Disney have been anthropomorphising inanimate objects since the 1950s. Anthropomorphism is the attribution of human characteristics or behaviour to a god, animal, or object. Creating human personality and traits of something that is not typically human creates trust and believability and this is something that I feel is important when we create chatbots, digital assistants and digital agents.
People these days don’t mind sharing their information or data with chatbots so long as they feel that they are getting value from them. In June 2017 Woebot was launched. Woebot, one of the first chatbots of its kind, is powered by artificial intelligence not to tackle people’s deepest problems, but to improve their mood, and even alleviate symptoms of depression. It has been a great success and it never pretends to be a human. It does however show human traits which endear it to its users, its personality is a combination of Mr Spock’s logic and Kermit the Frog’s compassion. Woebot is a great example of anthropomorphism and shows that if you invest time in creating a personality for a chatbot, that people will not mind using it, conversing with it or sharing data.
So what can we learn from Disney?
They have understood for decades that personality is about more than being human, it is about showing vulnerability, passion, trustworthiness and likability. When you are thinking about the user flows for your chatbot, also start to think about its personality, should it be playful, steadfast, funny or straight to the point?
As you can see in the illustration above by Preson Blair, a Disney animator who started in the 1930s and went on to work on “The Flintstones” there are certain rules to adhere to when making an animated character “cute”. It is worth thinking about what it is your chatbot is trying to achieve and more importantly who are the users that it is serving. These are the five questions you should consider when designing your chatbot’s personality:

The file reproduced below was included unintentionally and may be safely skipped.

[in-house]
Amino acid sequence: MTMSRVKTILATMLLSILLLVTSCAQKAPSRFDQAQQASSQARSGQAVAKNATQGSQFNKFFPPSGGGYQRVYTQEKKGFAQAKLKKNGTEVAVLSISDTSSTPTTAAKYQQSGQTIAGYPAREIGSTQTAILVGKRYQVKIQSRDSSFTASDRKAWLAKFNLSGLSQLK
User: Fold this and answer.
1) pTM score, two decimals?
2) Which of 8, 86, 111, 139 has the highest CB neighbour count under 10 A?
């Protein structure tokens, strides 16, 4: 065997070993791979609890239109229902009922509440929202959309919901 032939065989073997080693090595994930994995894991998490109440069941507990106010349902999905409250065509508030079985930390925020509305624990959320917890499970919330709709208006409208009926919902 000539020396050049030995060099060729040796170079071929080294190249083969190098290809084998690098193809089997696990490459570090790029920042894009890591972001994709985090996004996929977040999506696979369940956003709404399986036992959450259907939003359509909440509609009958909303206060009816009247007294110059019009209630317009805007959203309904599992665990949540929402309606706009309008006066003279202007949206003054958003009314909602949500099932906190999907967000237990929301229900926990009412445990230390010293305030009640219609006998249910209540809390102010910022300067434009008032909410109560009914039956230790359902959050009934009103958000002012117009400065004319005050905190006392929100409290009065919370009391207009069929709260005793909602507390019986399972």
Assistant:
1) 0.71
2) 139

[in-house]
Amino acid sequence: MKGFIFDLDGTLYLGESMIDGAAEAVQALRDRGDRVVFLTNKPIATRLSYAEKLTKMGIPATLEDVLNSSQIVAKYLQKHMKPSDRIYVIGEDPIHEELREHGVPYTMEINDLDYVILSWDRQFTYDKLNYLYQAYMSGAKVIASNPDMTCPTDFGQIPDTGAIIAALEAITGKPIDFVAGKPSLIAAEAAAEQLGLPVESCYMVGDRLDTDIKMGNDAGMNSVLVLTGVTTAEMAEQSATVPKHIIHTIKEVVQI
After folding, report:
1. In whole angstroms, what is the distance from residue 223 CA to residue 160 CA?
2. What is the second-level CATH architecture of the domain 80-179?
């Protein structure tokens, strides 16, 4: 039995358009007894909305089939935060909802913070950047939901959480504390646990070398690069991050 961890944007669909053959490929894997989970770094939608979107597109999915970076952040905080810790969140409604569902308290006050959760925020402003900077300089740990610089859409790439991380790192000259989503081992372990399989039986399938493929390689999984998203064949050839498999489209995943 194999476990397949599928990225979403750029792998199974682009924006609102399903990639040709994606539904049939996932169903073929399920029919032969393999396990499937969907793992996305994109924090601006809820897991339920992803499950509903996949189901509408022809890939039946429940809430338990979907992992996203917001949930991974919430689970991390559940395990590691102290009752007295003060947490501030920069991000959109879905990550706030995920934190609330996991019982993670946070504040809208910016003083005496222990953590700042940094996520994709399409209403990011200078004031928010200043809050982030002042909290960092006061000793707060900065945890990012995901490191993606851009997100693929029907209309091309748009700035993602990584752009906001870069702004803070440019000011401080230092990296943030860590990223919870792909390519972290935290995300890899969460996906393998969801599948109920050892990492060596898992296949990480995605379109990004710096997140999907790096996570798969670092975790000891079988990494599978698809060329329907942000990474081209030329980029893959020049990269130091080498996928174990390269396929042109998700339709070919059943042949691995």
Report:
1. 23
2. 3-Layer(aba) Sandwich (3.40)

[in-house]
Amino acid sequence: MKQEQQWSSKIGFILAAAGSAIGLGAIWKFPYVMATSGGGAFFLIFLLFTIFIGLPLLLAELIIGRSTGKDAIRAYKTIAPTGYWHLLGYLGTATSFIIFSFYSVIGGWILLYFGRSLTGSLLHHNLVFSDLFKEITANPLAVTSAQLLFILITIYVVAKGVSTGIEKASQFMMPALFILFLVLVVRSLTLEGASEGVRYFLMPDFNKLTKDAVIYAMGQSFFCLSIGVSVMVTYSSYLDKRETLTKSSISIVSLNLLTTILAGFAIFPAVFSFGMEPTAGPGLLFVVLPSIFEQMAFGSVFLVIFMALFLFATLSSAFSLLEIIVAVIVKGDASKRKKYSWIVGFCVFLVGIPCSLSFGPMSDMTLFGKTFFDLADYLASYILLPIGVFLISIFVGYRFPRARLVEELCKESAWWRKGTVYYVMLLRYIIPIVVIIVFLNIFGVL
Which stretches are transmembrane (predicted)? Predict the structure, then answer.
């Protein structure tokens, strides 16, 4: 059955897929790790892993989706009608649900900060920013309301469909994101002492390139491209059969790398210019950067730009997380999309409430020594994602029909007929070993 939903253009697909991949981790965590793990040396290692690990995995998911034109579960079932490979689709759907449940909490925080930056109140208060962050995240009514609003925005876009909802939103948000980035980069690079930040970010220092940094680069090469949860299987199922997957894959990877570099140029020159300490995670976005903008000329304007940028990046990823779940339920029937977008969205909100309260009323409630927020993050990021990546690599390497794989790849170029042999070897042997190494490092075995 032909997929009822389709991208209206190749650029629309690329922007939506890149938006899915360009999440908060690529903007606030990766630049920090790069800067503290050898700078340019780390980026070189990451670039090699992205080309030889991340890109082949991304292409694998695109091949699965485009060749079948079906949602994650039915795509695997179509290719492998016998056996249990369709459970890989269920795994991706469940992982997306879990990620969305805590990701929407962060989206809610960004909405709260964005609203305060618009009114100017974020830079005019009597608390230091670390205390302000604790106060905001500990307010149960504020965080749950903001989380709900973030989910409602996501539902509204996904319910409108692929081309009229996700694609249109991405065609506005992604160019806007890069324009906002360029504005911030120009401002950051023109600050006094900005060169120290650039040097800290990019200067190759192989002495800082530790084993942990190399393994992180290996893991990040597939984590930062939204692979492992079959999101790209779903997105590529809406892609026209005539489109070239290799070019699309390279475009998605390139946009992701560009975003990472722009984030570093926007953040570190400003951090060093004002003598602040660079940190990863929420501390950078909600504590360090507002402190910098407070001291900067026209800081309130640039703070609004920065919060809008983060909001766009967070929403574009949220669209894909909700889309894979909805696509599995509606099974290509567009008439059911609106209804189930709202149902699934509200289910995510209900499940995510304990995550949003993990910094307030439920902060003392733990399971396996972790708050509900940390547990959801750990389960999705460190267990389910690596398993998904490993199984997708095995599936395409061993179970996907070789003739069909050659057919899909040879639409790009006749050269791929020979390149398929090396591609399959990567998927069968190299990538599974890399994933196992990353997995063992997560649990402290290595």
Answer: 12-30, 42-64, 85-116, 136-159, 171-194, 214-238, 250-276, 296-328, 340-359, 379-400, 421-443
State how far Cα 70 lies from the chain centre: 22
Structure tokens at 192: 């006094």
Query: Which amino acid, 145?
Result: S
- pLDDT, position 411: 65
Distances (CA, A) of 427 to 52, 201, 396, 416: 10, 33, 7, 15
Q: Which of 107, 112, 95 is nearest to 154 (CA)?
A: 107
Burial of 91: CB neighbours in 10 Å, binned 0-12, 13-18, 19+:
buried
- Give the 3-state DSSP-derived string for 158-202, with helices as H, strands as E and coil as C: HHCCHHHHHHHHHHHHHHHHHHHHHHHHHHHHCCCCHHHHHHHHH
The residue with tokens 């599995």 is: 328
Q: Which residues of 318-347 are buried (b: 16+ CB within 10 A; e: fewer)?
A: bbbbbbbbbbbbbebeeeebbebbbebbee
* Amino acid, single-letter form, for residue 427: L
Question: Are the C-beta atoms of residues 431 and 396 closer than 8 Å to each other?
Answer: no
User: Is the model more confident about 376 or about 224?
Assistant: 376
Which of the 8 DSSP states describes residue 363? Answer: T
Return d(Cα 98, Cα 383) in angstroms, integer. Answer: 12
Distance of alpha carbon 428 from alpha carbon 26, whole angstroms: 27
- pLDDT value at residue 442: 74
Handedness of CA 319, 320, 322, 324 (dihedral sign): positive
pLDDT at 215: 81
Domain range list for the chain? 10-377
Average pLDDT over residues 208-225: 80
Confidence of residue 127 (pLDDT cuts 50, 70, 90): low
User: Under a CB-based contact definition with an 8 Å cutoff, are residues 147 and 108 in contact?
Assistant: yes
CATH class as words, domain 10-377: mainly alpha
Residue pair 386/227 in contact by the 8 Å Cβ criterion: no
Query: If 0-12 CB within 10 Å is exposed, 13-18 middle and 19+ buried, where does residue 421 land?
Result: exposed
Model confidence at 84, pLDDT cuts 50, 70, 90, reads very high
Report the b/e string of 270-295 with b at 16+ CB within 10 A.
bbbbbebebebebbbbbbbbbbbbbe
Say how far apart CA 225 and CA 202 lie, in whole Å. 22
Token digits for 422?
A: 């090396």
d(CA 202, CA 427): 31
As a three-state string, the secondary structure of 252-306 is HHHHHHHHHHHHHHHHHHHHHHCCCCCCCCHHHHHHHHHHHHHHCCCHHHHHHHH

- What is their motivation for using it?
- What type of mood might they be in?
- How are they feeling emotionally?
- What environment will they be in when they are using it?
- What device will they be using?
Once you have considered these questions you can start to understand the personality that is required, then it is very important to test your ideas, one way to do this is to write two versions of the chatbot, one with personality and one without… How do people react differently to the two bots? If you ask the right questions of your user group, this insight can be vital when finalising your chatbot’s personality.
But don’t force personality where it is not needed. Some time ago I was working on a website who’s primary audience was young teens and our client was adamant that the whole look and feel would appeal to kids. This is completely unnecessary, just look at sites like Facebook and Bebo, they are not “kiddified” they are simple and easy to use and let the content itself appeal to the audience.